Facilitates learning and improves processes over time
One gain of understanding that has become clear as we continue to speak with customers and learn about their processes, is that they are constantly evolving and searching for improvements. Because we’re big fans of the OODA loop and iterative software development concepts, this is something that resonates with us. ThreatQ TDR Orchestrator incorporates this on at least two levels. First, new data points that are generated as part of an automation are always stored as normalized intelligence within the Threat Library. This means that the data is not simply stored as part of what is primarily a one-time-use case or ticket. Rather, the data points are now incorporated as part of the collective threat knowledge base that is the Threat Library. This means that the data now becomes available as Smart Collections that can be used for analysis, sharing, and of course use of further automations.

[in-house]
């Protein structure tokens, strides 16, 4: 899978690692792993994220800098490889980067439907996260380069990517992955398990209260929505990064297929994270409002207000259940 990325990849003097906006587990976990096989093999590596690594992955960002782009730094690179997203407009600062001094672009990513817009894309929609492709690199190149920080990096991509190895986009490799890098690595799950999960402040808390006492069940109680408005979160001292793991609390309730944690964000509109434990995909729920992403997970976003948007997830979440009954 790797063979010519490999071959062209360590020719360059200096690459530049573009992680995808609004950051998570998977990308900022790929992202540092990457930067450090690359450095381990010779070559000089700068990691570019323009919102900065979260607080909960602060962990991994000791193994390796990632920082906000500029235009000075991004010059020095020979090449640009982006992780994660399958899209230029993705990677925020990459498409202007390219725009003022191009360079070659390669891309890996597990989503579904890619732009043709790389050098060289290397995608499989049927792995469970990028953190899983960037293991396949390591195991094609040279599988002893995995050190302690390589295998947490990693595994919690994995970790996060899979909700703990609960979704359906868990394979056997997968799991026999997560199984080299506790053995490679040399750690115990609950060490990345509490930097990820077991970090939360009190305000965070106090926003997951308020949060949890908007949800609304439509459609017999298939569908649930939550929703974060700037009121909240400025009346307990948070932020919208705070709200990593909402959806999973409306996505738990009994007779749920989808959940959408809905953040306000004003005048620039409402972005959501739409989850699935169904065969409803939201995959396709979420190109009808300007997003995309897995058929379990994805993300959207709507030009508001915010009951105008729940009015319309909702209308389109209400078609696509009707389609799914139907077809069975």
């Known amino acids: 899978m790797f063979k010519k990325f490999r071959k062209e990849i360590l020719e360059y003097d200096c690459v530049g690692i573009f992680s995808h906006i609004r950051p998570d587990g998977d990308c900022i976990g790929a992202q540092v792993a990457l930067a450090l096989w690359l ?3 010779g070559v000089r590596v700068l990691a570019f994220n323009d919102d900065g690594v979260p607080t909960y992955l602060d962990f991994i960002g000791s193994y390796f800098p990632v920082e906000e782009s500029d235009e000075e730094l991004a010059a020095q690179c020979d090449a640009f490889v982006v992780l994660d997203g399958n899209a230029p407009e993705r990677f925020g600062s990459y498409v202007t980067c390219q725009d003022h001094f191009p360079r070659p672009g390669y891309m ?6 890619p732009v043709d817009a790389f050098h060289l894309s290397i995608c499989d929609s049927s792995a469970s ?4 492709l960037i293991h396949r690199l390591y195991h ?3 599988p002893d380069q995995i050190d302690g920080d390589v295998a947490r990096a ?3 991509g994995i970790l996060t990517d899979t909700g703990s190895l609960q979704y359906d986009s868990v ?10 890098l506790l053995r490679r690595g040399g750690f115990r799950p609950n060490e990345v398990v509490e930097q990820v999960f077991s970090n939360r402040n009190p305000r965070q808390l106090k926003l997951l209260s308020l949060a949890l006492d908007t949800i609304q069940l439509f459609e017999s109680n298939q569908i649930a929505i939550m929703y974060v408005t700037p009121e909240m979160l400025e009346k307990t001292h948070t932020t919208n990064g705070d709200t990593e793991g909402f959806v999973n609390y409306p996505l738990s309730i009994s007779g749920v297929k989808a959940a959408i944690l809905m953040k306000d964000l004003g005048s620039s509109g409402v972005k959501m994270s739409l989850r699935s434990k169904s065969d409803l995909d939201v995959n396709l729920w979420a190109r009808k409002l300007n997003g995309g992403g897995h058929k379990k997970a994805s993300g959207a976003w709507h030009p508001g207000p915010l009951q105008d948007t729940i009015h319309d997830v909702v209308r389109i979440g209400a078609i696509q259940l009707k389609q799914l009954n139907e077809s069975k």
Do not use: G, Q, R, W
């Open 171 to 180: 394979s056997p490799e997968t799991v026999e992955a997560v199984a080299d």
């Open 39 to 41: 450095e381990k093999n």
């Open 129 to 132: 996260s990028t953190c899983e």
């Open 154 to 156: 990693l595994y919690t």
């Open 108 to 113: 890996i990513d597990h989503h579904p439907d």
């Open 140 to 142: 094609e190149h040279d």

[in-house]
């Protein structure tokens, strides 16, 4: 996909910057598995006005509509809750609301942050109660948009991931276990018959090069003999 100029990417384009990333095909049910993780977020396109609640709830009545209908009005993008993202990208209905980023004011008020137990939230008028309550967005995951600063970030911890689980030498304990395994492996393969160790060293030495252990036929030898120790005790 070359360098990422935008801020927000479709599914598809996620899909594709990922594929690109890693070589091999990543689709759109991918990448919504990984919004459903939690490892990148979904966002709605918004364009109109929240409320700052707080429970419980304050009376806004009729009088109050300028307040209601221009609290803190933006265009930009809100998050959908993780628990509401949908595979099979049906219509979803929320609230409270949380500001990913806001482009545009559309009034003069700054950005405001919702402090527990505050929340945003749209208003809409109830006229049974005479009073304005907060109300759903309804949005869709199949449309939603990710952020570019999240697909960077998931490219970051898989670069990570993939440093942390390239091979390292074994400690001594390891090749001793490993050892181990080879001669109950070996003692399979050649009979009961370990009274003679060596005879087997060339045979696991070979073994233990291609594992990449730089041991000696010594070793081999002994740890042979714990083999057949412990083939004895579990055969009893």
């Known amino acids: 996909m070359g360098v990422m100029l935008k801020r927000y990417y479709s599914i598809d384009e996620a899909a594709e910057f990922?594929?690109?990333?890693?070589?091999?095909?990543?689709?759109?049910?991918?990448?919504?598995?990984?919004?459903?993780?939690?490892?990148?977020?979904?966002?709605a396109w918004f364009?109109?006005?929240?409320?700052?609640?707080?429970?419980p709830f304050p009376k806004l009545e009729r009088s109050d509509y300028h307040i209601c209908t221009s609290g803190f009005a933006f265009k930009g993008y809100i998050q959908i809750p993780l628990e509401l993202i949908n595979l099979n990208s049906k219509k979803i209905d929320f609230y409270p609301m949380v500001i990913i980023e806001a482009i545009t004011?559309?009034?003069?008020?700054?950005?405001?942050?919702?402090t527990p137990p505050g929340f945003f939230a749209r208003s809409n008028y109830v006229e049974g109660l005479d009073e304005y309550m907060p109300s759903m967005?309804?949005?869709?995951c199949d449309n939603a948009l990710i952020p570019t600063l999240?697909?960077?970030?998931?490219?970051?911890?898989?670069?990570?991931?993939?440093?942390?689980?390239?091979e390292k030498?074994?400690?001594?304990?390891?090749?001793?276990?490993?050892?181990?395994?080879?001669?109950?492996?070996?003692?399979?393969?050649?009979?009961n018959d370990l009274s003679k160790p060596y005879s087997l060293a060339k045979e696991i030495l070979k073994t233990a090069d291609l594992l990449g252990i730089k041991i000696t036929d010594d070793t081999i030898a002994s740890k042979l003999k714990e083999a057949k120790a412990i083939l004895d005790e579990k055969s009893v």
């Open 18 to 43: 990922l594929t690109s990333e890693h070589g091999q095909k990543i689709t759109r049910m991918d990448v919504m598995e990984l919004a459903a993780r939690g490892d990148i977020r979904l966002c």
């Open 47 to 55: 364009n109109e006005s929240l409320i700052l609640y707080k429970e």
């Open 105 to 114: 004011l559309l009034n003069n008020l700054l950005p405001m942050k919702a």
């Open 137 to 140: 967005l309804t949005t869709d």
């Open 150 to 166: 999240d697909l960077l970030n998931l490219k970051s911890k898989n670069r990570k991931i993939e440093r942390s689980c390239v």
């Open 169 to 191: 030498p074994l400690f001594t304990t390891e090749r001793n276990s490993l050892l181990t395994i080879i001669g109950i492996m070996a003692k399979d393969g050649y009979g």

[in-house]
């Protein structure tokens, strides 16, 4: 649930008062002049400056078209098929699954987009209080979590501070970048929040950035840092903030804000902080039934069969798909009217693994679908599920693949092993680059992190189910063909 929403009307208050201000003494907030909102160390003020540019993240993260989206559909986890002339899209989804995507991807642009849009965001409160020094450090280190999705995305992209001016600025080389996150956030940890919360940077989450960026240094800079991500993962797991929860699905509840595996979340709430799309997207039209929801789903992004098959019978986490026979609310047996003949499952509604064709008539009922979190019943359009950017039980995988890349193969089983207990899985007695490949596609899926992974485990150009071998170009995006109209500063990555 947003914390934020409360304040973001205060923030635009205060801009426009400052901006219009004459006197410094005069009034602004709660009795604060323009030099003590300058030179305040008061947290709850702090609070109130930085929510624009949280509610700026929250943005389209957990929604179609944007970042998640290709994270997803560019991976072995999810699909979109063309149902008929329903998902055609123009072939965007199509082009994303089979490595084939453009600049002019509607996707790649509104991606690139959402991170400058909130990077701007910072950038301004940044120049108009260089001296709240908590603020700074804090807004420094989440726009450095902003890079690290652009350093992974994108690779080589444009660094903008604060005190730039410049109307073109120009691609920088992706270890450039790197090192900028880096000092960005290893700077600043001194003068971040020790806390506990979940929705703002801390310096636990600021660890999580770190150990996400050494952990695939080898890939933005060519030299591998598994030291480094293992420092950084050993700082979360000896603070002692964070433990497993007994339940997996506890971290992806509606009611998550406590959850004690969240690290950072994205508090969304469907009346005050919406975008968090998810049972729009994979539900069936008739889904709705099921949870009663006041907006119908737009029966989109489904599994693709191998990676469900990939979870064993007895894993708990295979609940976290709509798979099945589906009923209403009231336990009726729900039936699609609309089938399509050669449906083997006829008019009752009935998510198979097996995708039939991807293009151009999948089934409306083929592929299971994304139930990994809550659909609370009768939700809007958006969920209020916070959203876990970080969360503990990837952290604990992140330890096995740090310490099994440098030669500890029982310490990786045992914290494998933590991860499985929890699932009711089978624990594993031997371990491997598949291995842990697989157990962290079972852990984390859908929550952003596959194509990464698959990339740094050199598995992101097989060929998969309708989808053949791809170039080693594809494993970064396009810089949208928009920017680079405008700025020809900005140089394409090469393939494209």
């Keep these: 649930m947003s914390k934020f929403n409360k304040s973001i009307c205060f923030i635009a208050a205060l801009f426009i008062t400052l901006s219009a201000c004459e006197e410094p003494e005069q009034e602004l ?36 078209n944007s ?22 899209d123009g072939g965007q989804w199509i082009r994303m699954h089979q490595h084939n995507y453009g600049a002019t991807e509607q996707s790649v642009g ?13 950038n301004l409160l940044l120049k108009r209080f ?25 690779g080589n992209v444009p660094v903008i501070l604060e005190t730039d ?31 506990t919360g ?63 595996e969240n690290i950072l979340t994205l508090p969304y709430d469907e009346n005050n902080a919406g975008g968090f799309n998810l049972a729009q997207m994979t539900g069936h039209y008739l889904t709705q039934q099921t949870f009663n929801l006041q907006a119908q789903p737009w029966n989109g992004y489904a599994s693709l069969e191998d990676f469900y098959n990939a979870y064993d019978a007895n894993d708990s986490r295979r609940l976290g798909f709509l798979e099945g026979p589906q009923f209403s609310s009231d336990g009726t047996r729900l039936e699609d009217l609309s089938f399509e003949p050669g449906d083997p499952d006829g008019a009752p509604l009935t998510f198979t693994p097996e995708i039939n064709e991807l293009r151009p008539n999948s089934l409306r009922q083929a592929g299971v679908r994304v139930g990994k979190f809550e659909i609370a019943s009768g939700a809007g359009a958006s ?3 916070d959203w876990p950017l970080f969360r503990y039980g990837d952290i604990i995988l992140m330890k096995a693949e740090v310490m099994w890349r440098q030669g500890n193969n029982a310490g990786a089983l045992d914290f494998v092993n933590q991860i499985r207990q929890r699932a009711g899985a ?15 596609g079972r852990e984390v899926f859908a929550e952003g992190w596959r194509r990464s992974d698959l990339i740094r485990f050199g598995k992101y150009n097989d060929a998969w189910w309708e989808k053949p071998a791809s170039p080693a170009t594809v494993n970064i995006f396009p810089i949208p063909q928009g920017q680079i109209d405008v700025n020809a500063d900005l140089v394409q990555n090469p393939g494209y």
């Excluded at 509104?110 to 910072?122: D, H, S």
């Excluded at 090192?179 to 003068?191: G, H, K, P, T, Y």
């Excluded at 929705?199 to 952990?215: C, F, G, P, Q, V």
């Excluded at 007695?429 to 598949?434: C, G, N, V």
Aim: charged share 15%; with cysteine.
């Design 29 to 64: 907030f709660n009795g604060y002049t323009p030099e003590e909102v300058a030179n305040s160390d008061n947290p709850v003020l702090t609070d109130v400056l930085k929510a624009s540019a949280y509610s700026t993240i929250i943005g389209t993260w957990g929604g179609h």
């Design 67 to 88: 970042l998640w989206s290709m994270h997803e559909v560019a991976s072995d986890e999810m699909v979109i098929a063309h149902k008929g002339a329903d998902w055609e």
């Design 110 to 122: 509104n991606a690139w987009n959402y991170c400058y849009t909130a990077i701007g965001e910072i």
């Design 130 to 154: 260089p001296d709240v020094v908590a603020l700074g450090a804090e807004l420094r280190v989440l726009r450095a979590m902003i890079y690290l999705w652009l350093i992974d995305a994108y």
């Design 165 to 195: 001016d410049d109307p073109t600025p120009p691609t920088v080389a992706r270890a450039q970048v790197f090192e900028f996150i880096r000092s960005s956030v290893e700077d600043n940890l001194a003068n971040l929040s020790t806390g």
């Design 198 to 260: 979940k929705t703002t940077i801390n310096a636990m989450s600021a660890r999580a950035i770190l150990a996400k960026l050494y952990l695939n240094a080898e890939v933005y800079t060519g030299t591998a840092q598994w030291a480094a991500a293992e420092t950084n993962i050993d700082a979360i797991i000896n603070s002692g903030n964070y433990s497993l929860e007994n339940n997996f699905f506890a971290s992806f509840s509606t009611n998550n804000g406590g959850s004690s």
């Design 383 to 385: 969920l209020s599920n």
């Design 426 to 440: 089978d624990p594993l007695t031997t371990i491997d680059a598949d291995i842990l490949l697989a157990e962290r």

The second aspect of ThreatQ TDR Orchestrator is that it facilitates learning returns to the concepts of configurability and ease of use. As customers learn more about their data, as their objectives and threats evolve, so too will their workflows, both manual and automated. Assuming this, a system that requires software developers writing code to be a part of the iteration cycle will more than likely be slower to iterate, adapt, and learn. Conversely, one like ThreatQ TDR Orchestrator, where any user regardless of technical skill, is armed to adapt an automation to evolving workflow needs will have more stakeholders available to engage in and accelerate that learning cycle.